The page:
COVID-19 vaccine tested in UAE indicates promise for elderly

COVID-19 vaccine tested in UAE indicates promise for elderly

In a major development in the global fight against COVID-19, early clinical trials of a Chinese vaccine being tested in the UAE have shown safe and positive results, developing an immune response. According to a study published in The Lancet Infectious Diseases journal, Phase 1 and 2 clinical trials conducted in China showed promising results with participants ranging between the age of 18 and 80. More than 31,000 volunteers from over 120 nationalities are participating in phase 3 clinical trials of the vaccine in the UAE.

The study is executed by a number of researchers from various institutes in China including the Henan Provincial Center for Disease Control and Prevention, the Chinese Center for Disease Control and Prevention, the Beijing Institute of Biological Products, among others.

Early findings are indicating that the "BBIBP-CorV" vaccine against COVID-19, may be significantly effective for the elderly population, noting that it is one of the most vulnerable groups to the virus.

Professor Xiaoming Yang, who is one of the authors of the study, spoke to the media, asserting that there are times when vaccines are less effective for senior citizens because the immunity system becomes weak with age. He further noted that one of the key aims of developing a successful COVID-19 vaccine is to protect older people, adding that this age group is at a higher risk of contracting severe illness from the disease.

"It is, therefore, encouraging to see that BBIBP-CorV induces antibody responses in people aged 60 and older, and we believe this justifies further investigation," Professor Yang said.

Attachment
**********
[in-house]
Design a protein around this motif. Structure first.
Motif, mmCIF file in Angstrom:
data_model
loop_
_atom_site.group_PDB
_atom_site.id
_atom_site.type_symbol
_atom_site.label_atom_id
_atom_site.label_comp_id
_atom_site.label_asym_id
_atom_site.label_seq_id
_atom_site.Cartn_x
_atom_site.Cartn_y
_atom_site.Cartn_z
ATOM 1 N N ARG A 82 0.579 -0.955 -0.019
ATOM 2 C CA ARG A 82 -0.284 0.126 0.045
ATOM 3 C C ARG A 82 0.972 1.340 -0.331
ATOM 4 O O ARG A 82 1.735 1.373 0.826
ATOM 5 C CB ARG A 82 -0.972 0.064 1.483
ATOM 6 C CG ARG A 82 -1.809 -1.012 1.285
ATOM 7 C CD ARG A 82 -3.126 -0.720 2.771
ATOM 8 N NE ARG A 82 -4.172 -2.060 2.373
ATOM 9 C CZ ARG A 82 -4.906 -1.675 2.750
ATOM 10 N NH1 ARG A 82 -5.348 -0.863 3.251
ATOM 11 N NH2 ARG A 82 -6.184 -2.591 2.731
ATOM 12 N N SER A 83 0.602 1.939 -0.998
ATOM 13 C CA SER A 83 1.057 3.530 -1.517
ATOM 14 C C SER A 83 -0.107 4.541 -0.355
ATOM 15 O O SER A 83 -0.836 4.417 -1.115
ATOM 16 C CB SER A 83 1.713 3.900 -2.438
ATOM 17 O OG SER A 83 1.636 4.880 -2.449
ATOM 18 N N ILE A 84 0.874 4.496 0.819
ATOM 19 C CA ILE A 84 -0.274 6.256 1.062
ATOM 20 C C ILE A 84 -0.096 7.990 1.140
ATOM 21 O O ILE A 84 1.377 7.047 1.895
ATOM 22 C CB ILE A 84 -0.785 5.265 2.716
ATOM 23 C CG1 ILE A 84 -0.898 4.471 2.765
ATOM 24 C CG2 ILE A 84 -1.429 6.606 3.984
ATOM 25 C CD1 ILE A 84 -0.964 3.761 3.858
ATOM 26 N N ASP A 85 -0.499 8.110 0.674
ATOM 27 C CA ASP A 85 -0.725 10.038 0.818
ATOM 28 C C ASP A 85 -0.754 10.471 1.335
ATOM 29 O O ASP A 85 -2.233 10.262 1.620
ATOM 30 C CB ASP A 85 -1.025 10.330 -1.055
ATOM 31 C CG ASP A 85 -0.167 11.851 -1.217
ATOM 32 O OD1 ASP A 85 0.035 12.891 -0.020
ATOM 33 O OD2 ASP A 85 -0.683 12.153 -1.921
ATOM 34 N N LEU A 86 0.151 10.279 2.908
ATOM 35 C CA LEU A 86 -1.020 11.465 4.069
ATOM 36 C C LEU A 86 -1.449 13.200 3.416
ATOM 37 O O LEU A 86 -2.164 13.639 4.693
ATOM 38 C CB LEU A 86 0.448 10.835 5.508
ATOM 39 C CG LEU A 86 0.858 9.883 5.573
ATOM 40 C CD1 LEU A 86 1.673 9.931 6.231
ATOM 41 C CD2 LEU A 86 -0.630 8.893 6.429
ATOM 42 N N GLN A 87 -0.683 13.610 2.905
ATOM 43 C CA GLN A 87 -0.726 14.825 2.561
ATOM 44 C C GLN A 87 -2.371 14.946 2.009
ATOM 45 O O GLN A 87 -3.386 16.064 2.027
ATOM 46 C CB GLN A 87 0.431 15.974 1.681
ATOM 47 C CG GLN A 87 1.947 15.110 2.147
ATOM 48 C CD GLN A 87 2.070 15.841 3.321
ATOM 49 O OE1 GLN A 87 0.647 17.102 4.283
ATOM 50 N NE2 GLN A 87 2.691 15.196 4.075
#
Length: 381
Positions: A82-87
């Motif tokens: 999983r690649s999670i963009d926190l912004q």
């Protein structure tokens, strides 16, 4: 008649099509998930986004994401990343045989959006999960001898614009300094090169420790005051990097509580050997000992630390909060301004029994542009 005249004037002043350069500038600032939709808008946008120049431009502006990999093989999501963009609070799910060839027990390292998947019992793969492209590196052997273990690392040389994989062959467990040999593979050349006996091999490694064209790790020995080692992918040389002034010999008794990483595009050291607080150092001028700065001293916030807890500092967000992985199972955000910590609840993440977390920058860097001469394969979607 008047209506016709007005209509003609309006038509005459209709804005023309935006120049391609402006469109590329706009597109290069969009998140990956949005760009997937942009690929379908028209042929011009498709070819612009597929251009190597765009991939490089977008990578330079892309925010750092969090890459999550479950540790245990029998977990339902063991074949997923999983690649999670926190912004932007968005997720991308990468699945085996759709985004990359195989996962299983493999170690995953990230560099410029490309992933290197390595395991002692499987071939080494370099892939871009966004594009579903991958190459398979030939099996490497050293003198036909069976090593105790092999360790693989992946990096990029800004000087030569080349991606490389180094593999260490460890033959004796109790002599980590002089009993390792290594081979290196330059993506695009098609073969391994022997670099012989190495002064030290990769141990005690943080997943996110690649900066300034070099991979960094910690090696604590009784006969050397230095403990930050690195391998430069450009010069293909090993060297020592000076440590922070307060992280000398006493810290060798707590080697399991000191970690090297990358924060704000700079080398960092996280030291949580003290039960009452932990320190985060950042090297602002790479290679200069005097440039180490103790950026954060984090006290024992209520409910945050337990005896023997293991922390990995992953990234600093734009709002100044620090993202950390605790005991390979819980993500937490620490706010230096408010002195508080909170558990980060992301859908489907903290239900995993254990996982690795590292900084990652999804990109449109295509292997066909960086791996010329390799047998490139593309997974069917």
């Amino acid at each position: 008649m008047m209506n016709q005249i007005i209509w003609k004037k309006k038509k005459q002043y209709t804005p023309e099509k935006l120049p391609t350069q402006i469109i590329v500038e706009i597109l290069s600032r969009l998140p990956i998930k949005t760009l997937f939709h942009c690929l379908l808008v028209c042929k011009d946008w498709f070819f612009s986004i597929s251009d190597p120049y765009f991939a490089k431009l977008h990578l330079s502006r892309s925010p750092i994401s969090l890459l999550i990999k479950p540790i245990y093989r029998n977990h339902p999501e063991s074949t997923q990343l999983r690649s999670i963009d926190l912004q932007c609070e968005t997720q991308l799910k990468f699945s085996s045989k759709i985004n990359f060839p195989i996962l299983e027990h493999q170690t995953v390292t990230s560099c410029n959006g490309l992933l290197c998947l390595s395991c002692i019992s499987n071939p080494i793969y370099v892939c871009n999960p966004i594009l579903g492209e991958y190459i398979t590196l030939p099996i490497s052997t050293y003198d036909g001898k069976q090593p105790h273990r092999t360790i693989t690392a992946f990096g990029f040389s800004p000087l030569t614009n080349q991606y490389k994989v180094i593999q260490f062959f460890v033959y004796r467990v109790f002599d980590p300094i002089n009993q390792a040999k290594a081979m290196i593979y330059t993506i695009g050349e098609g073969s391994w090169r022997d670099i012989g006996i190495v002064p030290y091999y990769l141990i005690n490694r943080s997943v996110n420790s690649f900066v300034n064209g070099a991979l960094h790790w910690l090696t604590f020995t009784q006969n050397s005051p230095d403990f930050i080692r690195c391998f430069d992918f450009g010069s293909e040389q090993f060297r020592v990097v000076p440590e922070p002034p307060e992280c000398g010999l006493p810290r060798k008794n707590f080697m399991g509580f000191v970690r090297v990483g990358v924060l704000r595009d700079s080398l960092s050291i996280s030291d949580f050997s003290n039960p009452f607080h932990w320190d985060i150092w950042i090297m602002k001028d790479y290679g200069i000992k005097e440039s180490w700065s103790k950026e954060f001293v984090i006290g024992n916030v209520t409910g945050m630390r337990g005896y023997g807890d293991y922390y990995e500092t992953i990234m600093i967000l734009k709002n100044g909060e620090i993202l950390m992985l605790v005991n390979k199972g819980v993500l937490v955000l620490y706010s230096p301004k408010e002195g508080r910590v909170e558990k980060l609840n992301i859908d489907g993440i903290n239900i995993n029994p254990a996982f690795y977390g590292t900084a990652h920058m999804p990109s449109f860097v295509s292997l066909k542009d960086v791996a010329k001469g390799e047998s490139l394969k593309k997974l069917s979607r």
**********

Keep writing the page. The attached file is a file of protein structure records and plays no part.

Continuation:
China carried out Phase 1 and 2 clinical trials of the vaccine between April 29-July 30 with the participation of over 600 healthy volunteers.

In the early trials during the 42 days, the vaccine activated antibodies to block the virus from infecting the cells in all participants, as per The Lancet report. Furthermore, Participants aged 60 and above responded to the vaccine slowly and produced fewer antibodies as compared to younger participants who detected antibodies within 28 days only.

The study also revealed that the vaccine was accepted well by the participants' immune systems al all doses.

At the same time, a different vaccine was tested for clinical trials with the participation of people under the age of 60 and it also showed similar results.

The vaccine, based on inactivated SARS-CoV-2 virus, is developed by the Beijing Institute of Biological Products in affiliation with state-owned China National Pharmaceutical Group (Sinopharm).

However, it has yet not been revealed if the vaccine produces enough antibodies to provide immunity against COVID-19.

During Phase 1 clinical trials, around 96 participants between the ages of 18 to 59 and 96 participants between 60 to 80 years old were studied by researchers with three dose levels and a placebo. In Phase 2, researchers studied the optimal timing for vaccination, indicating that a booster shot was required for achieving the most appropriate antibody response.

As of now, more than 40 different COVID-19 vaccines are underway clinical trials across different countries in the world.

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